Geetha Sravani, PhD Candidate
Eye length (EL) is one of the major factors that determine the optical image quality and is also an important measure to track myopia onset and progression. In this regard, measurement of peripheral EL is equally important as the measurement of central or axial EL, as the periphery of the eye is thought to play a significant role in the onset and progression of myopia.
Over the years there have been significant advances made in procedures used to measure EL. Here, the authors reviewed the available techniques for EL measurements, including the peripheral EL measurements and the limitations of the existing techniques/measurements.
Although there have been no instruments designed explicitly for measuring peripheral EL, techniques and methods such as ultrasonography, interferometry, optical low coherence interferometry and optical coherence tomography developed to measure the EL can also be used to measure peripheral EL. Each of these methods has its own advantages and disadvantages. For example, while ultrasonography is an efficient and inexpensive technique, it is limited in application as it is invasive, has low resolution and requires a high level of expertise. Other techniques, such as optical low coherence interferometry are non-invasive and have high penetration depth. However, they also suffer from limitations: they are challenging to use with opaque ocular media and may also suffer from poor signal-to-noise ratio. Optical low coherence reflectometry, however, has a high signal-to-noise ratio.
Specifically, with respect to measurements of peripheral EL, commercially available instruments (such as IOL Master 500, Lenstar LS 900, spectral domain optical coherence tomography, ACMaster) were modified to measure peripheral EL at eccentricities varied from 2° to 40° in humans and from 2° to 52° ± 6° in animals. It was reported that Lenstar LS 900 produced high accuracy and precision (0.02 ± 0.02mm). Peripheral eccentricities measured with this instrument are 30° and 35° in vertical and horizontal meridians, respectively. One of the issues that is debated with peripheral EL measurement techniques is the influence of eye or head turn on the measurements; it was considered that there would be differences in peripheral measurements due to change in the eyeball shape when eyes were rotated versus head was rotated. Other considerations for peripheral EL measurements include the type of off-axis targets, accommodation, pupil diameter, wavelength of light used for measurement, etc.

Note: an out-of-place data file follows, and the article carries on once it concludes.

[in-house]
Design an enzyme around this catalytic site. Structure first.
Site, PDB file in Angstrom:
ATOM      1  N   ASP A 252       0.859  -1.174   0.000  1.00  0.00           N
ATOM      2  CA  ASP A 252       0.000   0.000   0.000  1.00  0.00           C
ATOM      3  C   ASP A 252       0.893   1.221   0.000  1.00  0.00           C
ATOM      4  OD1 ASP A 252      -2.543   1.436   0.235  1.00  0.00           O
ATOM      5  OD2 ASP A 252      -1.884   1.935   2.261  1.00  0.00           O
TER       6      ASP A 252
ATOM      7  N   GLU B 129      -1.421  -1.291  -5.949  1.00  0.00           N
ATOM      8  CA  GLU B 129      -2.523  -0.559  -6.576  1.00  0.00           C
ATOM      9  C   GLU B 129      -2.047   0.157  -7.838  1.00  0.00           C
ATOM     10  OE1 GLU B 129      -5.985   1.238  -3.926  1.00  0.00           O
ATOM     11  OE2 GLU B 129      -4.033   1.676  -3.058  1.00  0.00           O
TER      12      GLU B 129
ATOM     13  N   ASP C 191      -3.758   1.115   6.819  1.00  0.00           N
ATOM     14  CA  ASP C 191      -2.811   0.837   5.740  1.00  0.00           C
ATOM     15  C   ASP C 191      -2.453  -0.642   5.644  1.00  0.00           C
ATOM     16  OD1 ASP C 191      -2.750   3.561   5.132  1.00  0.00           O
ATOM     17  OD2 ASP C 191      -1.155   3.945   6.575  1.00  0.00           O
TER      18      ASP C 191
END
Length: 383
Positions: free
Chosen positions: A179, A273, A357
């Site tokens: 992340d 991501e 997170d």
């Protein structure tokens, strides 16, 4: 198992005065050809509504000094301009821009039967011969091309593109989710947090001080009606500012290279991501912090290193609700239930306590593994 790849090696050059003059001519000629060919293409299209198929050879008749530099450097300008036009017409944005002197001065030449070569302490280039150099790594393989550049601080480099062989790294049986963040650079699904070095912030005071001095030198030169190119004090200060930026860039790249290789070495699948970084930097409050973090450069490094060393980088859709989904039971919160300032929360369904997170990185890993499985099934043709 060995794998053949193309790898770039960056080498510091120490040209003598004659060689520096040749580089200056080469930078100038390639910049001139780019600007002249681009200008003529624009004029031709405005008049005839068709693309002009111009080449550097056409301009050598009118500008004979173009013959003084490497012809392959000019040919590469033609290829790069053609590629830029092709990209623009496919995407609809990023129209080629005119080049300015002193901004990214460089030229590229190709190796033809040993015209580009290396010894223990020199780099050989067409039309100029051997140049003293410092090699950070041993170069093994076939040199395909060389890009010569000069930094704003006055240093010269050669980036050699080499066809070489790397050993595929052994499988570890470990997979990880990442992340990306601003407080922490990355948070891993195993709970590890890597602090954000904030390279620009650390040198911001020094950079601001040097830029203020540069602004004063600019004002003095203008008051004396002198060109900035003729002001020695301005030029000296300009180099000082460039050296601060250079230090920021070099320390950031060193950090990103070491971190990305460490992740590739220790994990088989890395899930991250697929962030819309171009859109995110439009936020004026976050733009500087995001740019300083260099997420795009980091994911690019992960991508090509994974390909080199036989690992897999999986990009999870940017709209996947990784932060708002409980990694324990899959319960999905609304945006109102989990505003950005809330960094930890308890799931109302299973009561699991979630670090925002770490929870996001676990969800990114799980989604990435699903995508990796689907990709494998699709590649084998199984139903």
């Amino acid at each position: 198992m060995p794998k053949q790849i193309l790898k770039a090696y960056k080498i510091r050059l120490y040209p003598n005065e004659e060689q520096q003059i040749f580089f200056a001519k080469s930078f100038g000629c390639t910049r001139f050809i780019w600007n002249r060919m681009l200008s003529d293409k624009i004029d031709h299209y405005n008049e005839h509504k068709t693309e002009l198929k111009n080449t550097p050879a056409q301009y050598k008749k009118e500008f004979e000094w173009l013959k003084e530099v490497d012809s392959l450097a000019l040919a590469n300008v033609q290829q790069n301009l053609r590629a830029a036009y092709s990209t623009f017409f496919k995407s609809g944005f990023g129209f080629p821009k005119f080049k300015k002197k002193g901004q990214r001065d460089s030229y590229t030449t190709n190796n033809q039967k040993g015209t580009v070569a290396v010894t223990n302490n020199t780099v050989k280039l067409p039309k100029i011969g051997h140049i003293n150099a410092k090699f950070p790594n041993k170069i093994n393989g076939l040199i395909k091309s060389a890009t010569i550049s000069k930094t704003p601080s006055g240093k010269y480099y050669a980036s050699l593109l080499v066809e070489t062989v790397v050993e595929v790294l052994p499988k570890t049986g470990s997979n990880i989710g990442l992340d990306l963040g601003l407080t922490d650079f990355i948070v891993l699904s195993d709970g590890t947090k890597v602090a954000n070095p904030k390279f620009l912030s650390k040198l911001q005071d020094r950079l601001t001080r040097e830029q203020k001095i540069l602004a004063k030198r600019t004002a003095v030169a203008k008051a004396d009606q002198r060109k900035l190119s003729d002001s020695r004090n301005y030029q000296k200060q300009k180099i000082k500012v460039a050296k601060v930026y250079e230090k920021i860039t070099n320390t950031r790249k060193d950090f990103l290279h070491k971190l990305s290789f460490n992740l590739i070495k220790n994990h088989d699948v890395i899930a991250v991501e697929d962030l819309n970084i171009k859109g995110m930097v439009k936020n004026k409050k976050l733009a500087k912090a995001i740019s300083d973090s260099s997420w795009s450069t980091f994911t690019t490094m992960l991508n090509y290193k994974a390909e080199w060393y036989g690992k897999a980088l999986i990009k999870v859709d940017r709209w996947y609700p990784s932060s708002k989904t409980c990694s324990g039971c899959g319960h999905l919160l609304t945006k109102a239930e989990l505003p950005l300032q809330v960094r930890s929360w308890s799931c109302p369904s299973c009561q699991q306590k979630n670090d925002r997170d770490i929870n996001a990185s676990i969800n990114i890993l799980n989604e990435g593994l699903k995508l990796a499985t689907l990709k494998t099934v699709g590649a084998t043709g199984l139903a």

To conclude, the authors reported that while there was a good agreement between most optical biometers, the Lenstar LS 900 was considered to offer better results in terms of modification for peripheral EL measurements. There is a further need for instrumentation/techniques that can accurately measure peripheral EL, which are usable and affordable.
Peripheral eye length measurement techniques: a review
Ingrid Ornella Koumbo Mekountchou, Fabian Conrad, Padmaja Sankaridurg, Klaus Ehrmann
Along with the rising myopia epidemic is the increasing interest in any ocular parameter that might inform understanding of myopia progression. The relationship between eye length and myopia has long been established, but the recent interest in the central and peripheral retina, eye shape, retinal contour and refractive error development is attracting more clinical and research interest in peripheral eye length measurements. Therefore, peripheral eye length measurements are an important step in the ongoing research involving the peripheral retina. Since the first measurement of peripheral eye length reported in 1991, many techniques and methods have been developed that vary in many aspects. These techniques involve custom-built or modified commercially available instruments, with the use of off-axis targets and other considerations such as eye or head turn of the subject. The wide range of methods and instruments used for peripheral eye length measurements make it difficult to compare results and may account for some of the variations in the reported results. Specifications of the different methods are presented along with their advantages and disadvantages. Although researchers acknowledge a good agreement between the modified commercially available optical biometers for peripheral eye length measurement, the Lenstar LS 900 appears to offer better results. Nevertheless, the introduction to the market of an instrument specially designed for peripheral eye length might overcome the issues noted with other methods and could allow for more insights in future research involving the peripheral retina. Moreover, future studies may be able to track peripheral eye length changes and its relationship to the progression of myopia and find out if those changes are responsible for or correlated with important eye conditions.
Koumbo Mekountchou, I. O., Conrad, F., Sankaridurg, P., & Ehrmann, K. (2020). Peripheral eye length measurement techniques: a review. Clinical and Experimental Optometry, 103(2), 138-147.